Abstract Government is increasingly concerned with ways to most effectively change people's behaviour. It is important for individual, social and economic health that interventions are implemented to counter the unhealthy and damaging behaviours that have become natural in our obesogenic environment and commercially-driven culture of over-consumption. However, there are various different approaches to behaviour change, including regulation, behavioural economics, mass media, social marketing, industry regulation and community development.Policy makers rely on evidence from research to underpin decisions on the best techniques to achieve behaviour change. Thus, many academics are involved in research to understand what drives damaging behaviours and how best to influence them. Fields such as marketing, psychology, sociology, urban planning, economics, geography and IT have all contributed to the planning and implementation of interventions tackling many of the UK's most problematic behaviours.There have been recent developments in the field of behaviour change which mean that the emphasis is no long on exploring the influences on behaviour from the perspective of a single discipline, but rather on disciplines working together to tackle problem behaviours - interdisciplinarity. This development has occurred because it has been acknowledged that behaviours which have complex, multi-layered and interrelated influences, like smoking or transport, are unlikely to be solved by looking at them from one angle. Thus an interdisciplinary approach to behaviour change has been recommended (for example by The House of Lords Science and Technology Select Committee), both in terms of theoretical exploration of behaviours and interventions to change them. NICE also recommends that interdisciplinary interventions are used for the best behaviour change results.However, although recommended, there are problems with interdisciplinarity in behaviour change, which this seminar series aims to help overcome. Firstly, interdisciplinary research is often challenging for academic researchers because few journals welcome interdisciplinary papers, but also because different disciplines often struggle to communicate and work effectively together. Disciplines can often be culturally different. This seminar series will provide a platform for different academic disciplines to come together and explore potential routes towards collaboration by discussing overlapping and divergent conceptual thinking around behaviour change issues.Achieving interdisciplinary research collaboration is vital because it is one of the best way of finding innovative solutions to complex problems, and as such these seminars will also have a very practical focus. The aim of discussions between the invited policy makers or advisors and a varied mix of academics will be to generate ideas for creative interdisciplinary policy solutions to behavioural problems.Another problem is that policy makers and academics do not always communicate effectively with each other, meaning that policy makers may not be able to make use of the latest evidence from research. It is vital that policy makes best use of available research, so the seminar series proposed here also provides an opportunity for policy makers and academics to communicate their ideas in the short term and also to establish and plan a longer term forum for effective communication across the behaviour change field.The overarching aim of the seminar series is therefore to improve the effectiveness of behaviour change practice for the benefit of wider society by providing a foundation for innovative collaboration and effective communication between academics and policy makers. Through debate and discussion, this seminar series will provide opportunity to move beyond existing silos and begin to establish strategies for a transdisciplinary field of behaviour change which can also serve government and research agendas.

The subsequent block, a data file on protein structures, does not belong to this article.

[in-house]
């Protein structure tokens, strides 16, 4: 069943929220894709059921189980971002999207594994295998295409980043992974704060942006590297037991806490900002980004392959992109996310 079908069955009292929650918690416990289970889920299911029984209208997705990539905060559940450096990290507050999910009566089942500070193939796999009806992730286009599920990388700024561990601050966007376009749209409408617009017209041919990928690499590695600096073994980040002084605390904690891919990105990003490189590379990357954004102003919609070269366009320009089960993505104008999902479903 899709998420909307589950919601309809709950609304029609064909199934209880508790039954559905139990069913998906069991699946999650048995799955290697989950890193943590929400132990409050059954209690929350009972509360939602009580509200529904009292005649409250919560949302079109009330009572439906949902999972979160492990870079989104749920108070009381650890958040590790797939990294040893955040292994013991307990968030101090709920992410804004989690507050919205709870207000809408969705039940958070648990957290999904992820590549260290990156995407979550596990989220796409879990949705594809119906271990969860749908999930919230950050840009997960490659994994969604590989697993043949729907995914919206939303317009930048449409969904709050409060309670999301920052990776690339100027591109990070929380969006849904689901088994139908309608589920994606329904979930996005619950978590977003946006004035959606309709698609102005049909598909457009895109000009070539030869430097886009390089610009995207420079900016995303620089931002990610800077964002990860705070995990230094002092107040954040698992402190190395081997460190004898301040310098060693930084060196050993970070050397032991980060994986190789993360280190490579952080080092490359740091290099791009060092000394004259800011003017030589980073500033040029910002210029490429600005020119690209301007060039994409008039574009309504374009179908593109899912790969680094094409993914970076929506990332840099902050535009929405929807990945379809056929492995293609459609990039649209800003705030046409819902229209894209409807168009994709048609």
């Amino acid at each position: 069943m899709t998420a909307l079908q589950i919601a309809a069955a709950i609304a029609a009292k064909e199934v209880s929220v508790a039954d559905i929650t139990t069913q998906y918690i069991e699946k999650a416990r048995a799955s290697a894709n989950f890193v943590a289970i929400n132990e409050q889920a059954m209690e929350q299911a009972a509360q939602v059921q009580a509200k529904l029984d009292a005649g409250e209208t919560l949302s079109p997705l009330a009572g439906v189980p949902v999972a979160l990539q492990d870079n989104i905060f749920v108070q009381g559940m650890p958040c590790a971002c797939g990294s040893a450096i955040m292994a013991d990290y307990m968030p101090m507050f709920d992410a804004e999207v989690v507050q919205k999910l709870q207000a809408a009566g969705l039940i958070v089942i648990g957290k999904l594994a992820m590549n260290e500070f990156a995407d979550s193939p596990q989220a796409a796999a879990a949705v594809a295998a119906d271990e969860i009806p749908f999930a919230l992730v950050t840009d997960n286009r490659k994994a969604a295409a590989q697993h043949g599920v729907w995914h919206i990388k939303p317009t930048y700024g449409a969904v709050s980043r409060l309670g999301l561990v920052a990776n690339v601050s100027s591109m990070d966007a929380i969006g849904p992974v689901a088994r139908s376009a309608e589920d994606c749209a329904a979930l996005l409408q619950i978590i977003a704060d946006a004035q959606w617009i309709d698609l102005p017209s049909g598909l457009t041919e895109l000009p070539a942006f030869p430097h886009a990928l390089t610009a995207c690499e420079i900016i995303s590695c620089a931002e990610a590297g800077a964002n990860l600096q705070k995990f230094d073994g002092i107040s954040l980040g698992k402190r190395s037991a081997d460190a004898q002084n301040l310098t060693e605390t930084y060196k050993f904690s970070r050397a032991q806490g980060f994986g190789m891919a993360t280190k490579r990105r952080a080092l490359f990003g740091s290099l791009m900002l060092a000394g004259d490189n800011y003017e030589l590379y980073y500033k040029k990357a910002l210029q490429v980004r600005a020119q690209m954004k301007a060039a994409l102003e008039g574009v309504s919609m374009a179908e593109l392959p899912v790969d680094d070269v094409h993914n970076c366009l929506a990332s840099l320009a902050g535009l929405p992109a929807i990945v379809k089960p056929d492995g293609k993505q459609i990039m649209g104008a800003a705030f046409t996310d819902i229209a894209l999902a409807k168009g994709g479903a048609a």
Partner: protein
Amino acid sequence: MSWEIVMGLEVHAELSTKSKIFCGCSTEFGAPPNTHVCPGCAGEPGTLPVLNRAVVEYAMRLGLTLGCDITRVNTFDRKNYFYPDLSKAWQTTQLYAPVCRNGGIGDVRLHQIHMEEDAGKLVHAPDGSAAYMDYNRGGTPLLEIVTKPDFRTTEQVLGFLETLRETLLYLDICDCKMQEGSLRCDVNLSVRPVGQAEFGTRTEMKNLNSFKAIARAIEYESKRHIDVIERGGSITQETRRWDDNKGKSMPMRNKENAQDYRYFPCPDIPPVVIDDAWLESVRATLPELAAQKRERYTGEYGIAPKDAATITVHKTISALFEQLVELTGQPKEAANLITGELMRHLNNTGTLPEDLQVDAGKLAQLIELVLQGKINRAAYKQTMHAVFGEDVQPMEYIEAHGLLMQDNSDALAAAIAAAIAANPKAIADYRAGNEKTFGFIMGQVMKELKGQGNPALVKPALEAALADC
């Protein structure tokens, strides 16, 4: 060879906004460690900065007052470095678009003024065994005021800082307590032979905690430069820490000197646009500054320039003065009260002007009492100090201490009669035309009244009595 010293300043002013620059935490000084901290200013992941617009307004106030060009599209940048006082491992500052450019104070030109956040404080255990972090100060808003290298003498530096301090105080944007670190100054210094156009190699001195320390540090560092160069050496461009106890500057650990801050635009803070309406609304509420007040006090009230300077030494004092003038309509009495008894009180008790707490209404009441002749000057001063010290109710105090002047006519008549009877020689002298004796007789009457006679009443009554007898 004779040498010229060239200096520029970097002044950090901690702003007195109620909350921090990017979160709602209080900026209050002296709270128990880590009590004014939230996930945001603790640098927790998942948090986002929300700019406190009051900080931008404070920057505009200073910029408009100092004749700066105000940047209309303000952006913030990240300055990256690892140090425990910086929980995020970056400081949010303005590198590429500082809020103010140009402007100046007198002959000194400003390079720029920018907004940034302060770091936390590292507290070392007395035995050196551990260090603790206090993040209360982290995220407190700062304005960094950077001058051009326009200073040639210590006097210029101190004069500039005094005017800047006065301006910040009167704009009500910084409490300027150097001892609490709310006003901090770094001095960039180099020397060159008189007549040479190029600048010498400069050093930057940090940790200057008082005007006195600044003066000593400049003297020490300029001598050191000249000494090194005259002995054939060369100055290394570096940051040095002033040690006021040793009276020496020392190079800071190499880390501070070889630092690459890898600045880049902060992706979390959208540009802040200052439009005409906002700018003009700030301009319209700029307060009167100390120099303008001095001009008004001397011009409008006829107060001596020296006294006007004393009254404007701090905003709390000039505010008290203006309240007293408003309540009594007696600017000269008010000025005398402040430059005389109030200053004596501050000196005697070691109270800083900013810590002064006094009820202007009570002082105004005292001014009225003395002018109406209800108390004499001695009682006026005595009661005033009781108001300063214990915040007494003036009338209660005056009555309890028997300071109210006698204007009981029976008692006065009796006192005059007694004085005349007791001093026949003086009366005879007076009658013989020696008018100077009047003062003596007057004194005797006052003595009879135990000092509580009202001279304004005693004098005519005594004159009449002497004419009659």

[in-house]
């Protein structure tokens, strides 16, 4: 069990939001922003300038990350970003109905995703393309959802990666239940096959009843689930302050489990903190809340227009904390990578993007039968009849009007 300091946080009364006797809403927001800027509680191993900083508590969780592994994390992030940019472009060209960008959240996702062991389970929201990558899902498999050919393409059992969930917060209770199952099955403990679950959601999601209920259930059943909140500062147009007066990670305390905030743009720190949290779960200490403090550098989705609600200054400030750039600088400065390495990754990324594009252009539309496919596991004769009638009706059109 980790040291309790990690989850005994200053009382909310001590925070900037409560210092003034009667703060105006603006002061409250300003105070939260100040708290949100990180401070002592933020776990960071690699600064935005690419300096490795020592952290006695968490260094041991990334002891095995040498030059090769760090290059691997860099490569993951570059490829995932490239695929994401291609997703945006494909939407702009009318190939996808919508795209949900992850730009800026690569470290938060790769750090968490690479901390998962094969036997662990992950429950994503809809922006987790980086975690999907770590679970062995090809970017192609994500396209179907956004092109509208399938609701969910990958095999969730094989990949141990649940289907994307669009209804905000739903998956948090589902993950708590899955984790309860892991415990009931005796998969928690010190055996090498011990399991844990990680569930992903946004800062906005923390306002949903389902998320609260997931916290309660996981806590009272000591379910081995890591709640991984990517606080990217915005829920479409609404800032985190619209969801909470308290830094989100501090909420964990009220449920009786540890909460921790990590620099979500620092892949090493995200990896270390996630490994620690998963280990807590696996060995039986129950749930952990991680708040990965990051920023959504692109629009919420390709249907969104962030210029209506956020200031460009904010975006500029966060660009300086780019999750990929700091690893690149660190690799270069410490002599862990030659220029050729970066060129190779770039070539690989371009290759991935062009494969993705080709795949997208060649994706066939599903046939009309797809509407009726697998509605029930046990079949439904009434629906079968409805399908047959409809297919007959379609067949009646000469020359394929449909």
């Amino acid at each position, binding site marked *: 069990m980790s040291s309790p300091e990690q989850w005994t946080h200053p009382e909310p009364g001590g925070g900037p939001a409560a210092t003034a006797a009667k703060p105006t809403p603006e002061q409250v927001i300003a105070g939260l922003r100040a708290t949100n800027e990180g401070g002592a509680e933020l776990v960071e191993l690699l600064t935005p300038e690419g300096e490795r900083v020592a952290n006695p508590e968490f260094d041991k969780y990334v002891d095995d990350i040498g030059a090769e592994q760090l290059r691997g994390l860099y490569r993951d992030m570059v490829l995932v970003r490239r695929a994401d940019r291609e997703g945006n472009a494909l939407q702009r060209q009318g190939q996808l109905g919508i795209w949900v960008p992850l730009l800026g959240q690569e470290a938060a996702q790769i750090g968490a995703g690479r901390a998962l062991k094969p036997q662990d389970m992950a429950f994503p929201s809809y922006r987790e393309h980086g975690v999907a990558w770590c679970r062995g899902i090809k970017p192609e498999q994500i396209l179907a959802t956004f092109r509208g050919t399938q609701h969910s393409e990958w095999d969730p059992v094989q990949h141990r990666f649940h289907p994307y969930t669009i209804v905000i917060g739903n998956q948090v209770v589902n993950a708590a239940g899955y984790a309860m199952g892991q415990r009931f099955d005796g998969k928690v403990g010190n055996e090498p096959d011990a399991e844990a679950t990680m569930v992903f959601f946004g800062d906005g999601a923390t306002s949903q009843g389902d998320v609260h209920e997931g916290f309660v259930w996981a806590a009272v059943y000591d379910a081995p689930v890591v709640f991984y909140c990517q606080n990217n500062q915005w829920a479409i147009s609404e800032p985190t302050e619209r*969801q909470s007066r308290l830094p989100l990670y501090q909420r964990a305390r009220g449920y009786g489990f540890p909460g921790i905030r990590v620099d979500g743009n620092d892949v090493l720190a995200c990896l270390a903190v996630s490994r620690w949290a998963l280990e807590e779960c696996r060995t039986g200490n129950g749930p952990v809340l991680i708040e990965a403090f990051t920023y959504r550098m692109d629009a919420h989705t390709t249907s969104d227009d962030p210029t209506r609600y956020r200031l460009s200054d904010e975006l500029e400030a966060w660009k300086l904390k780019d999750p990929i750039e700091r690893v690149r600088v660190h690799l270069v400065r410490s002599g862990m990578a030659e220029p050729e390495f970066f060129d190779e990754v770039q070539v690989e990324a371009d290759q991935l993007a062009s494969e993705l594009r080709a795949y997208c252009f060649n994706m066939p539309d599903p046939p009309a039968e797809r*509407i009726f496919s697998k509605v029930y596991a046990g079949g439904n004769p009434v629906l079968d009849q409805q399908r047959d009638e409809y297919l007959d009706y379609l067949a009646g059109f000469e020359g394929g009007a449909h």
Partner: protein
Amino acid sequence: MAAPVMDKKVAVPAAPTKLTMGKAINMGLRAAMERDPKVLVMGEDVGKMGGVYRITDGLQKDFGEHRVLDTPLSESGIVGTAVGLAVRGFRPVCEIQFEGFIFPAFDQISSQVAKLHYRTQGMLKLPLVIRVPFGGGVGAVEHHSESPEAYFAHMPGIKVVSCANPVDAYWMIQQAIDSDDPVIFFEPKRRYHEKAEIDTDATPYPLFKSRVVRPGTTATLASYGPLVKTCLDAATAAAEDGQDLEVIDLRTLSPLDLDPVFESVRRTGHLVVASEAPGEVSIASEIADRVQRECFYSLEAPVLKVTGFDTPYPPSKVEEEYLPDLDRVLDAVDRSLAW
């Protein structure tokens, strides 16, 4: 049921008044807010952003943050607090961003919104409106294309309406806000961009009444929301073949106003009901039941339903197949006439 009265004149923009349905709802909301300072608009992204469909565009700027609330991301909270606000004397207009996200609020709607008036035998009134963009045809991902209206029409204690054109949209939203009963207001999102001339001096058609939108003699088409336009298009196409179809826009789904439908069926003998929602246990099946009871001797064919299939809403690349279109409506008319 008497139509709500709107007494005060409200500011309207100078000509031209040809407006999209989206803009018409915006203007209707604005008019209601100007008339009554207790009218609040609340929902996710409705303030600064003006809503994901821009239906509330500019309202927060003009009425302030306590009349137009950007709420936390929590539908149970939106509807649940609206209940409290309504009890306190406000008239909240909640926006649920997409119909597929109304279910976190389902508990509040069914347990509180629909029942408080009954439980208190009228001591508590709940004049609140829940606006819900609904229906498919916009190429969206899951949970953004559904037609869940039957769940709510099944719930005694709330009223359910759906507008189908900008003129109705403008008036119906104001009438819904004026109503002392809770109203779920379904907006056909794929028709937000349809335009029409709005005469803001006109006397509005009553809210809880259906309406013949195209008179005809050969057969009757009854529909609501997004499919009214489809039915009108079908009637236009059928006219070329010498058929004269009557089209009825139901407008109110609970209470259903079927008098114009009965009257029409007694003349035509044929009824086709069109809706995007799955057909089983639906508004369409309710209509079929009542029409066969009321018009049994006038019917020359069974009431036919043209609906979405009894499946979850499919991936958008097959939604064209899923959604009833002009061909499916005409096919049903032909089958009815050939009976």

Publications (none)
Final Report (none)
Added to Database 01/05/14